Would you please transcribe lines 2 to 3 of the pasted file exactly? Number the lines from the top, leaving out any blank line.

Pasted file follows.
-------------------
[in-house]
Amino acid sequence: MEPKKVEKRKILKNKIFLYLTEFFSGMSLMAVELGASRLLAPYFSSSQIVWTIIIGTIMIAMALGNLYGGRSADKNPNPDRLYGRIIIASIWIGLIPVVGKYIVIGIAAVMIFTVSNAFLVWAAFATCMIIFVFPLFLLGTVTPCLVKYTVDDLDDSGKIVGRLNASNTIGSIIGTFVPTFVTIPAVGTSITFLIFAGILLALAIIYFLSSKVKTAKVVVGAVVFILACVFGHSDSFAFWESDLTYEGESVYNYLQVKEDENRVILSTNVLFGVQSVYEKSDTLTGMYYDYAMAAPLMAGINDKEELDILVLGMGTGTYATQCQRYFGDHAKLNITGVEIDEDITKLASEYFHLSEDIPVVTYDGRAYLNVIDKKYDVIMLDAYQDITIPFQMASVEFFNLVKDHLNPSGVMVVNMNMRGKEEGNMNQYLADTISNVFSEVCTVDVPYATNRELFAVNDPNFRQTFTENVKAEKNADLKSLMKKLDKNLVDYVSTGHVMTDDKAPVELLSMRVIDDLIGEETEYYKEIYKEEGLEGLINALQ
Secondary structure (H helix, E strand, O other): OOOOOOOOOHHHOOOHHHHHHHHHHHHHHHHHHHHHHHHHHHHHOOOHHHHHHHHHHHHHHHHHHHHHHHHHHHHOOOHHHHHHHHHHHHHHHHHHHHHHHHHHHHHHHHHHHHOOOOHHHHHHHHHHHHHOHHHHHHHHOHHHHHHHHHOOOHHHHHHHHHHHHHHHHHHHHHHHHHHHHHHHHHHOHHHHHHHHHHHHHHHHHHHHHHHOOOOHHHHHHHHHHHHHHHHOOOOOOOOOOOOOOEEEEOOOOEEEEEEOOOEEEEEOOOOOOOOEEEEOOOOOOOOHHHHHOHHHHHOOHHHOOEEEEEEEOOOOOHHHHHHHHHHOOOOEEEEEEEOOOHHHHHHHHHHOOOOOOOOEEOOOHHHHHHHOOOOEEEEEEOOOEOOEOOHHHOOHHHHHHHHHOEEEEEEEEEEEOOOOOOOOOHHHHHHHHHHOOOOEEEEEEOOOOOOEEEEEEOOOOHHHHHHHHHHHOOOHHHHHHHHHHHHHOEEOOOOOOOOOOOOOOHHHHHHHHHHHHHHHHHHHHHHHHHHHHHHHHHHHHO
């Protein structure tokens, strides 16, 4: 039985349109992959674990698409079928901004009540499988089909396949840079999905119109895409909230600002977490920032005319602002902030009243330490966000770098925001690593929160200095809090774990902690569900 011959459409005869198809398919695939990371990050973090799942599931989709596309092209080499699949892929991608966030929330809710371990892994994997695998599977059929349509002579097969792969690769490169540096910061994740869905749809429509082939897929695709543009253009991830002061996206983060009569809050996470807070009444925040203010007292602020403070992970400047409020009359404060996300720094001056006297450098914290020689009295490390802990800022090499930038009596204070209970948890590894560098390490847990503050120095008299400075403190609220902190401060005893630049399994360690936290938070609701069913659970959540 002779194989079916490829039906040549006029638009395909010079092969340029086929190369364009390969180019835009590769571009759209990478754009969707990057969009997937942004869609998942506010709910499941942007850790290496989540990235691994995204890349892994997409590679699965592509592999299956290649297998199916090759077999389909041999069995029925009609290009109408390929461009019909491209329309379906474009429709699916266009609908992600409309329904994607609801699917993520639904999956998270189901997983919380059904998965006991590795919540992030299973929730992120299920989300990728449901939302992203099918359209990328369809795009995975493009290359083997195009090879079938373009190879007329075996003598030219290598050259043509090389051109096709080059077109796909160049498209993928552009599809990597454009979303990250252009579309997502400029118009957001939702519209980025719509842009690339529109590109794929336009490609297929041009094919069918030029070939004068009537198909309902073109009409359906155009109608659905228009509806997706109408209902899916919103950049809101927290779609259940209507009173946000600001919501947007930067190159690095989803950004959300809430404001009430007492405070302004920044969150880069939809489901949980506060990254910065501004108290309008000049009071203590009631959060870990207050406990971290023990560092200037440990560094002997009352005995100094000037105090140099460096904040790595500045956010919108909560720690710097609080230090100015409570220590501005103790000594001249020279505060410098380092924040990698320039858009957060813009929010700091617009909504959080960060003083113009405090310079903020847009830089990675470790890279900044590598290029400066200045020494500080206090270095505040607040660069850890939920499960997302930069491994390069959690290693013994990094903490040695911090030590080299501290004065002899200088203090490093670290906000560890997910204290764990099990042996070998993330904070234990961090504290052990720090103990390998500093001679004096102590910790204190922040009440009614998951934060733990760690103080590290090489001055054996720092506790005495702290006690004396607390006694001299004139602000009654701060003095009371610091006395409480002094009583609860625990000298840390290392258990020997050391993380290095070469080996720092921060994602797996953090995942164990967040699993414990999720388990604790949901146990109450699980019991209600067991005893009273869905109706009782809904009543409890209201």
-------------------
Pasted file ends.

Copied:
Amino acid sequence: MEPKKVEKRKILKNKIFLYLTEFFSGMSLMAVELGASRLLAPYFSSSQIVWTIIIGTIMIAMALGNLYGGRSADKNPNPDRLYGRIIIASIWIGLIPVVGKYIVIGIAAVMIFTVSNAFLVWAAFATCMIIFVFPLFLLGTVTPCLVKYTVDDLDDSGKIVGRLNASNTIGSIIGTFVPTFVTIPAVGTSITFLIFAGILLALAIIYFLSSKVKTAKVVVGAVVFILACVFGHSDSFAFWESDLTYEGESVYNYLQVKEDENRVILSTNVLFGVQSVYEKSDTLTGMYYDYAMAAPLMAGINDKEELDILVLGMGTGTYATQCQRYFGDHAKLNITGVEIDEDITKLASEYFHLSEDIPVVTYDGRAYLNVIDKKYDVIMLDAYQDITIPFQMASVEFFNLVKDHLNPSGVMVVNMNMRGKEEGNMNQYLADTISNVFSEVCTVDVPYATNRELFAVNDPNFRQTFTENVKAEKNADLKSLMKKLDKNLVDYVSTGHVMTDDKAPVELLSMRVIDDLIGEETEYYKEIYKEEGLEGLINALQ
Secondary structure (H helix, E strand, O other): OOOOOOOOOHHHOOOHHHHHHHHHHHHHHHHHHHHHHHHHHHHHOOOHHHHHHHHHHHHHHHHHHHHHHHHHHHHOOOHHHHHHHHHHHHHHHHHHHHHHHHHHHHHHHHHHHHOOOOHHHHHHHHHHHHHOHHHHHHHHOHHHHHHHHHOOOHHHHHHHHHHHHHHHHHHHHHHHHHHHHHHHHHHOHHHHHHHHHHHHHHHHHHHHHHHOOOOHHHHHHHHHHHHHHHHOOOOOOOOOOOOOOEEEEOOOOEEEEEEOOOEEEEEOOOOOOOOEEEEOOOOOOOOHHHHHOHHHHHOOHHHOOEEEEEEEOOOOOHHHHHHHHHHOOOOEEEEEEEOOOHHHHHHHHHHOOOOOOOOEEOOOHHHHHHHOOOOEEEEEEOOOEOOEOOHHHOOHHHHHHHHHOEEEEEEEEEEEOOOOOOOOOHHHHHHHHHHOOOOEEEEEEOOOOOOEEEEEEOOOOHHHHHHHHHHHOOOHHHHHHHHHHHHHOEEOOOOOOOOOOOOOOHHHHHHHHHHHHHHHHHHHHHHHHHHHHHHHHHHHHO